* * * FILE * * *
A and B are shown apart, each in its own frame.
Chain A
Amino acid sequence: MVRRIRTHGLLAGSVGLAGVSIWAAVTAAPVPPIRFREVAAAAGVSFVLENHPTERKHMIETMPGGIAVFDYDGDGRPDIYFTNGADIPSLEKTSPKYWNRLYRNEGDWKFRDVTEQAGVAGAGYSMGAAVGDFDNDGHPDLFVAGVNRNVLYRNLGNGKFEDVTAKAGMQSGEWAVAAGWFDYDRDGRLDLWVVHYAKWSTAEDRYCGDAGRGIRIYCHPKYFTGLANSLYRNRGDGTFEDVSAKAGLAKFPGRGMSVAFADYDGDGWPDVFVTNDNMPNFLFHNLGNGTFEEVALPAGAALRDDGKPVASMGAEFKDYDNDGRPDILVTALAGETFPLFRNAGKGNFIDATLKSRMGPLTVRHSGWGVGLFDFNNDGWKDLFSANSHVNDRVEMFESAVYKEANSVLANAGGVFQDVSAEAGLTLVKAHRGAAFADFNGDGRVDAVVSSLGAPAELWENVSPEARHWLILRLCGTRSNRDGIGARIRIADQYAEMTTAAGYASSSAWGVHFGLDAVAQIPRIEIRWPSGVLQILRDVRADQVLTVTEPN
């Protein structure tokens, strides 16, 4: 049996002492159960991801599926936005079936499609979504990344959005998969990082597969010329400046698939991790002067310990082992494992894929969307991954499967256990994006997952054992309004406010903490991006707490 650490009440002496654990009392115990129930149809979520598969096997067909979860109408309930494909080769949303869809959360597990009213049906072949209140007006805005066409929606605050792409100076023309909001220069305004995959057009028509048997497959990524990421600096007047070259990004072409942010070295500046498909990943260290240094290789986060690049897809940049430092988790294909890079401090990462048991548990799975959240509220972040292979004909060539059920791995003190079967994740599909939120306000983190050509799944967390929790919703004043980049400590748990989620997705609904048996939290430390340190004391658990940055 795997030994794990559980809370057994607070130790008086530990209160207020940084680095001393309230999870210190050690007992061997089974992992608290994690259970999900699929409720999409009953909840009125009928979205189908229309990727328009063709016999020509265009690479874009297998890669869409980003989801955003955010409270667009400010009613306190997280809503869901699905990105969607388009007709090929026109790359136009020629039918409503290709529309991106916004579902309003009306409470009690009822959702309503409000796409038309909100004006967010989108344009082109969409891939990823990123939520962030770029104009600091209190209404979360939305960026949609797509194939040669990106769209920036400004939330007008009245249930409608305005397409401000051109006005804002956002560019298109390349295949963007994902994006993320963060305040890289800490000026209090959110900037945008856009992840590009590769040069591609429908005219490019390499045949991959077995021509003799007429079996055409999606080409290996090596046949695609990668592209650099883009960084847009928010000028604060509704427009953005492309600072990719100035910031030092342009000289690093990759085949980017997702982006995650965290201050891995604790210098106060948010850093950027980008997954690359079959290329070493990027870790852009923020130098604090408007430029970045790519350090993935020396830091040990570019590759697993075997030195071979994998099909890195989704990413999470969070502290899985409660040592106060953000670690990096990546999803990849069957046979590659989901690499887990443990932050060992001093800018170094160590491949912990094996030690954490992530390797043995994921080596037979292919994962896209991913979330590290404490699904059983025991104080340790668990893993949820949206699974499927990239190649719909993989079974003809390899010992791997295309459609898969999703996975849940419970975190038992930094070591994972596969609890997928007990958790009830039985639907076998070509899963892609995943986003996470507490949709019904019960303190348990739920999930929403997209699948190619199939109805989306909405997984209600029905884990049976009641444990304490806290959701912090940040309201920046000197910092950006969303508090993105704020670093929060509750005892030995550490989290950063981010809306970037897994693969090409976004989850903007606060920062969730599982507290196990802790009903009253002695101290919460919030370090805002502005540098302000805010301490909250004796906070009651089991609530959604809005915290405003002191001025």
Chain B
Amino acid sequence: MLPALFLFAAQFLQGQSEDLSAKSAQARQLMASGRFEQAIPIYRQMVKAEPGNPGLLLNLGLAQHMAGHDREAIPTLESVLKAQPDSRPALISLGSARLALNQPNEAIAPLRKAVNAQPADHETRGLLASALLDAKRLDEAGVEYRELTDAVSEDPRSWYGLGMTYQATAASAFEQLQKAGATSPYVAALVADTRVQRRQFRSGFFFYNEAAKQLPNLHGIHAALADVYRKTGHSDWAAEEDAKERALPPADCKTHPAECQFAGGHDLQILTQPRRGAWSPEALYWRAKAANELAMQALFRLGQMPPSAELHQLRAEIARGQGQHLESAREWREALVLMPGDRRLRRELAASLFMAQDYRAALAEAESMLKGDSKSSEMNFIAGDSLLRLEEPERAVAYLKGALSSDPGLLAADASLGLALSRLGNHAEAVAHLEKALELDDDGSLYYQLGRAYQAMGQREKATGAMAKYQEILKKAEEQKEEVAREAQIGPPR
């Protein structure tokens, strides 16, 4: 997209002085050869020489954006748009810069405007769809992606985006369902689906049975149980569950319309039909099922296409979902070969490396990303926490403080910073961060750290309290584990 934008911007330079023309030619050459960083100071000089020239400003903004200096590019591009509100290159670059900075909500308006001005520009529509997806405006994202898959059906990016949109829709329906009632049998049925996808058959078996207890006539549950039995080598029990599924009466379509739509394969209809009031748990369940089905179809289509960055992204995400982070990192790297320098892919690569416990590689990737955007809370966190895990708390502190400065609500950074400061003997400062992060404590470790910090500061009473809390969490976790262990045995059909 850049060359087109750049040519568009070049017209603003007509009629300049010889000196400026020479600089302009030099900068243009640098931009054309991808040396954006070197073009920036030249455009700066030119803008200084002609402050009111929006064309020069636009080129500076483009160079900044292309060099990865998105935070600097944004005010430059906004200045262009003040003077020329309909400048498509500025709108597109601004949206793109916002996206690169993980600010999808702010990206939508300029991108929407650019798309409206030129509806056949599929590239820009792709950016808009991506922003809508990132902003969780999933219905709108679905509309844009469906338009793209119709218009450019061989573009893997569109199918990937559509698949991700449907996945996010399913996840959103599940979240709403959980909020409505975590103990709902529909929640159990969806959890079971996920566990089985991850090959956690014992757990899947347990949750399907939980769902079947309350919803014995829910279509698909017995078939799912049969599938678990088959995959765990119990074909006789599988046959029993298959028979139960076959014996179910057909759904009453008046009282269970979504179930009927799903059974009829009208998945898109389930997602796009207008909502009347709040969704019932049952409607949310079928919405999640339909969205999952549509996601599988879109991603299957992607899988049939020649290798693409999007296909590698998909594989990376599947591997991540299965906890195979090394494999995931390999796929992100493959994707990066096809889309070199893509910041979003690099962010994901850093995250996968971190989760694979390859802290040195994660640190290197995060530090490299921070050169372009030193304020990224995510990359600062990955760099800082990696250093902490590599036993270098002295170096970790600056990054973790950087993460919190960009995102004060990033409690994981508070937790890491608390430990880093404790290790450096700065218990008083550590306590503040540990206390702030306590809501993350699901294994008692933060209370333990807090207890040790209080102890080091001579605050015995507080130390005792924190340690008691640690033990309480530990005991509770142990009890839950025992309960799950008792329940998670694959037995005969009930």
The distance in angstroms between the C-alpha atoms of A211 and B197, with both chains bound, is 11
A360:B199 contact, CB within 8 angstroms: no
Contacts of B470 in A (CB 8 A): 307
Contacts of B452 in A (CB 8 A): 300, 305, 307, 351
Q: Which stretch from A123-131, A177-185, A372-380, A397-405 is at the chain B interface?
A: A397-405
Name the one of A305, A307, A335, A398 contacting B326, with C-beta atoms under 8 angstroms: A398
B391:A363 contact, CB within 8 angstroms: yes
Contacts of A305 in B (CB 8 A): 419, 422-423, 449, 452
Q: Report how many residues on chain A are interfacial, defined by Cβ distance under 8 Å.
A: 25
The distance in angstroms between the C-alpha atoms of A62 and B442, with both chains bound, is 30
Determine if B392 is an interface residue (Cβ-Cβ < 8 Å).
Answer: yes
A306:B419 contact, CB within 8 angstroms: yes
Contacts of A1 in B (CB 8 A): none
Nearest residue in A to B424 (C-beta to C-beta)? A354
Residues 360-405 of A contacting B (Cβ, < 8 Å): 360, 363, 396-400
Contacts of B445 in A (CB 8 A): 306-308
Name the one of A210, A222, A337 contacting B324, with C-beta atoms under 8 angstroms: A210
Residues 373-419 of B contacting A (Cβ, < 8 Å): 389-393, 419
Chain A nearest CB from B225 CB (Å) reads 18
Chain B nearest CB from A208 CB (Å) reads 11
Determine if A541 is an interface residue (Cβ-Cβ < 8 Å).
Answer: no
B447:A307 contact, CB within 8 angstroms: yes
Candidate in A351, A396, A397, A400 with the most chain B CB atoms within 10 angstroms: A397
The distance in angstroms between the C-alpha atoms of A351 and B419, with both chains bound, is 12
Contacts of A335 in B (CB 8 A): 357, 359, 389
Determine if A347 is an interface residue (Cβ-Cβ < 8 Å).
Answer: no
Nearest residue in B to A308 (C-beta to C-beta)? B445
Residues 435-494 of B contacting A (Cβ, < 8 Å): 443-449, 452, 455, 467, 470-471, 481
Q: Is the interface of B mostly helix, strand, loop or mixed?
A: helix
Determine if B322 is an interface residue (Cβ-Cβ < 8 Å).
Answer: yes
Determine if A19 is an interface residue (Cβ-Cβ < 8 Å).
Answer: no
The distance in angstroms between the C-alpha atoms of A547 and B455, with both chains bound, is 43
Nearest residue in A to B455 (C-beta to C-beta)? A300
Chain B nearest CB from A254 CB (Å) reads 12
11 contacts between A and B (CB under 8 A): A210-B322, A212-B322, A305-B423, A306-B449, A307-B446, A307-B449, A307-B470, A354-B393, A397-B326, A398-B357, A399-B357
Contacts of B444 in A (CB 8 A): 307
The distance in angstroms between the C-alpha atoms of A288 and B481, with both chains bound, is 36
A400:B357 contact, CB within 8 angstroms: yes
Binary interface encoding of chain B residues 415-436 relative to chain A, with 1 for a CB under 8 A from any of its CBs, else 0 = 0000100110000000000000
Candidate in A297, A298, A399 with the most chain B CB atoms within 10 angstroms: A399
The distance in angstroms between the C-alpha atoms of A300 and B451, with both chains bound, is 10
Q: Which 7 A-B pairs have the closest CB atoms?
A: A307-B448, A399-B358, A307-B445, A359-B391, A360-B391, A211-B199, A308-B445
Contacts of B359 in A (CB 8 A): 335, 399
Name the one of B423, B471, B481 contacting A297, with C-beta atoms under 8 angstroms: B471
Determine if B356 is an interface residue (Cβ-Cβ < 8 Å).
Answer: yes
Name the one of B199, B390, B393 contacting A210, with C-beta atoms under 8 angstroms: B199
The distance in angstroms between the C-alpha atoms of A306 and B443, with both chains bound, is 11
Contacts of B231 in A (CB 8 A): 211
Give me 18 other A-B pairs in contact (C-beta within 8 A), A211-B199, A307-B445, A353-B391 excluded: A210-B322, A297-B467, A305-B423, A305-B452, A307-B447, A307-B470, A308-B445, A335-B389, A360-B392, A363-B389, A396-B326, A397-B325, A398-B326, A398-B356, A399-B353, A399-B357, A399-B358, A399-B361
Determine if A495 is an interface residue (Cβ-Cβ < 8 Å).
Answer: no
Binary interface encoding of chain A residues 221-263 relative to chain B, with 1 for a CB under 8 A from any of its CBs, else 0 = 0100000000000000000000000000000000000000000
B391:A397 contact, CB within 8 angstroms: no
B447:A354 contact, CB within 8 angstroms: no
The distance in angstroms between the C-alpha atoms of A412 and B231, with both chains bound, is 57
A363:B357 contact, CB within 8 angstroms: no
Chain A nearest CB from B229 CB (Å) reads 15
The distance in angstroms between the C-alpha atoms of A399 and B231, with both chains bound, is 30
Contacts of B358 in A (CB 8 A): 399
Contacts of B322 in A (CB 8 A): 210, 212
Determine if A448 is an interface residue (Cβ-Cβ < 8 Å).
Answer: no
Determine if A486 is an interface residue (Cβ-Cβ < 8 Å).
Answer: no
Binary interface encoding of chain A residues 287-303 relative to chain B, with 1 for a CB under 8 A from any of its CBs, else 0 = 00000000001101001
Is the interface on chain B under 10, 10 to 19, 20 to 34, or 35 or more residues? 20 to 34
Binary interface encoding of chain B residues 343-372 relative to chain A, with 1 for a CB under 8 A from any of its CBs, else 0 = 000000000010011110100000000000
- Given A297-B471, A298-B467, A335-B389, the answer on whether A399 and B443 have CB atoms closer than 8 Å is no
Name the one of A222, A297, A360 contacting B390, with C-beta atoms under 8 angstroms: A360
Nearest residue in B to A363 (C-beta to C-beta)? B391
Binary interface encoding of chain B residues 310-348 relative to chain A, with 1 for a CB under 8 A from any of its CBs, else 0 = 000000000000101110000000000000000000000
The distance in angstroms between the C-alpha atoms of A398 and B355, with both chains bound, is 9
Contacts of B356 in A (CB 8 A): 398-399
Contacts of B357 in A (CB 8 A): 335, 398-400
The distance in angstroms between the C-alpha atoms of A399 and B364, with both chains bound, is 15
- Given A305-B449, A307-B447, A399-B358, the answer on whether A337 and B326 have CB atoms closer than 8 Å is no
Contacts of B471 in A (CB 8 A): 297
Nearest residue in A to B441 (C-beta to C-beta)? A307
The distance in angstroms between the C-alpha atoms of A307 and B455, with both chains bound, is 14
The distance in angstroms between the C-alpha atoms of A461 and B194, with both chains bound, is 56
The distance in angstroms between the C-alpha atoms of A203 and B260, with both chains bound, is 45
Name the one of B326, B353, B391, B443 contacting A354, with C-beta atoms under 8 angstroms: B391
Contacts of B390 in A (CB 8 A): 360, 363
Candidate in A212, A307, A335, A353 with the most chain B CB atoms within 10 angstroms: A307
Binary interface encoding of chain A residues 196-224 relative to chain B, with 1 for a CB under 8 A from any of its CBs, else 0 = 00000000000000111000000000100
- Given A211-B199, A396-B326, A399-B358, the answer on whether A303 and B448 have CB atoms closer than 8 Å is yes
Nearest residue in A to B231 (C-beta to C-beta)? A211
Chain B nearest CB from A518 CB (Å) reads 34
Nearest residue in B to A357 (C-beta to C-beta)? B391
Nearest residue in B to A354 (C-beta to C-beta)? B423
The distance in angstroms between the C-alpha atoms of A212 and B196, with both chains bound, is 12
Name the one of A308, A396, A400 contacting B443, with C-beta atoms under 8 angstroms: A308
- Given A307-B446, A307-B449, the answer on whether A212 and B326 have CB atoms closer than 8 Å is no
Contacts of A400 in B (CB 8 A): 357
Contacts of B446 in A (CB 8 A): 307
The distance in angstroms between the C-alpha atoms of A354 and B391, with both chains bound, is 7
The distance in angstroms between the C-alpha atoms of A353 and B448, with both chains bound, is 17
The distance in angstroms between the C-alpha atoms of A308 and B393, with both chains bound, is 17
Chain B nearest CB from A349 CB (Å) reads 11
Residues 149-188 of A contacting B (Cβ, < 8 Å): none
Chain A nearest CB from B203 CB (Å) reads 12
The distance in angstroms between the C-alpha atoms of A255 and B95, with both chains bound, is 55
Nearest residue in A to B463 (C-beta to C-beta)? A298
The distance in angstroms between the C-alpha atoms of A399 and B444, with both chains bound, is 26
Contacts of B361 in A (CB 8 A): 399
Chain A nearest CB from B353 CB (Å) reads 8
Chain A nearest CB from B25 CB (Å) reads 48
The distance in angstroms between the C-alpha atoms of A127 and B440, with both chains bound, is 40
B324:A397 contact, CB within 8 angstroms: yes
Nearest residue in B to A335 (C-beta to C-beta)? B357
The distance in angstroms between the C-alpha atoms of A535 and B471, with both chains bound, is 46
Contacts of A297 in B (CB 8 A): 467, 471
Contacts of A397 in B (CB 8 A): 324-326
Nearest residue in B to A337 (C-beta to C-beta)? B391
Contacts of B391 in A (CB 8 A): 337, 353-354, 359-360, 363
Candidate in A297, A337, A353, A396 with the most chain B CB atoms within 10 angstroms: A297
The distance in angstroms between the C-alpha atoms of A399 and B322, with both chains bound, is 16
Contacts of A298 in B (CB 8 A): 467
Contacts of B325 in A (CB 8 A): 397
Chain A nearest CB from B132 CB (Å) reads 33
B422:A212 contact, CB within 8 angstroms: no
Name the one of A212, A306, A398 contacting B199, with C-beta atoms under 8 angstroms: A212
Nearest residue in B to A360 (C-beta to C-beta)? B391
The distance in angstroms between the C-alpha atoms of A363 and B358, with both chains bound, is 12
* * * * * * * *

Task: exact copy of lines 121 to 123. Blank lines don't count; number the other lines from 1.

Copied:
The distance in angstroms between the C-alpha atoms of A399 and B444, with both chains bound, is 26
Contacts of B361 in A (CB 8 A): 399
Chain A nearest CB from B353 CB (Å) reads 8